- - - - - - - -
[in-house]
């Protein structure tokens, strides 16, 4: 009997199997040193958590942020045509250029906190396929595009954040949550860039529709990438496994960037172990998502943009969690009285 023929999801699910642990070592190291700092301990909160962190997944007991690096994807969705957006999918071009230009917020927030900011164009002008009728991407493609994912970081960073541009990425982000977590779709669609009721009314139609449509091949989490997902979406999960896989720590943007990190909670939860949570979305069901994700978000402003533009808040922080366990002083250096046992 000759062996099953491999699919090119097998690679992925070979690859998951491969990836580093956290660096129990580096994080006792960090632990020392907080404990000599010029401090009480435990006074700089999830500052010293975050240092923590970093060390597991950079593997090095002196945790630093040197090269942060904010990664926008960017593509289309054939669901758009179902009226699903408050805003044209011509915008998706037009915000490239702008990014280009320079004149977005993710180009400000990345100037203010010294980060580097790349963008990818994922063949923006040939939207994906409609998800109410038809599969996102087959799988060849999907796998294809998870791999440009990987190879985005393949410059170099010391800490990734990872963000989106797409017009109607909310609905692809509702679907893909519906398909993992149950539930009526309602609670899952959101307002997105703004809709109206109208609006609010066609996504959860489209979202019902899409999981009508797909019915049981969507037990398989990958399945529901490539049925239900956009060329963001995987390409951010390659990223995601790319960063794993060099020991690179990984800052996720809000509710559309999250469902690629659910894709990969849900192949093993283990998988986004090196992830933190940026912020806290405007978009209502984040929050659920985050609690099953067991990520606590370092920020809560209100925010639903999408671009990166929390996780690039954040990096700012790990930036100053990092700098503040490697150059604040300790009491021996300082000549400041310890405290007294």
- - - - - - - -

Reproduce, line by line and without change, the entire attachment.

[in-house]
């Protein structure tokens, strides 16, 4: 009997199997040193958590942020045509250029906190396929595009954040949550860039529709990438496994960037172990998502943009969690009285 023929999801699910642990070592190291700092301990909160962190997944007991690096994807969705957006999918071009230009917020927030900011164009002008009728991407493609994912970081960073541009990425982000977590779709669609009721009314139609449509091949989490997902979406999960896989720590943007990190909670939860949570979305069901994700978000402003533009808040922080366990002083250096046992 000759062996099953491999699919090119097998690679992925070979690859998951491969990836580093956290660096129990580096994080006792960090632990020392907080404990000599010029401090009480435990006074700089999830500052010293975050240092923590970093060390597991950079593997090095002196945790630093040197090269942060904010990664926008960017593509289309054939669901758009179902009226699903408050805003044209011509915008998706037009915000490239702008990014280009320079004149977005993710180009400000990345100037203010010294980060580097790349963008990818994922063949923006040939939207994906409609998800109410038809599969996102087959799988060849999907796998294809998870791999440009990987190879985005393949410059170099010391800490990734990872963000989106797409017009109607909310609905692809509702679907893909519906398909993992149950539930009526309602609670899952959101307002997105703004809709109206109208609006609010066609996504959860489209979202019902899409999981009508797909019915049981969507037990398989990958399945529901490539049925239900956009060329963001995987390409951010390659990223995601790319960063794993060099020991690179990984800052996720809000509710559309999250469902690629659910894709990969849900192949093993283990998988986004090196992830933190940026912020806290405007978009209502984040929050659920985050609690099953067991990520606590370092920020809560209100925010639903999408671009990166929390996780690039954040990096700012790990930036100053990092700098503040490697150059604040300790009491021996300082000549400041310890405290007294």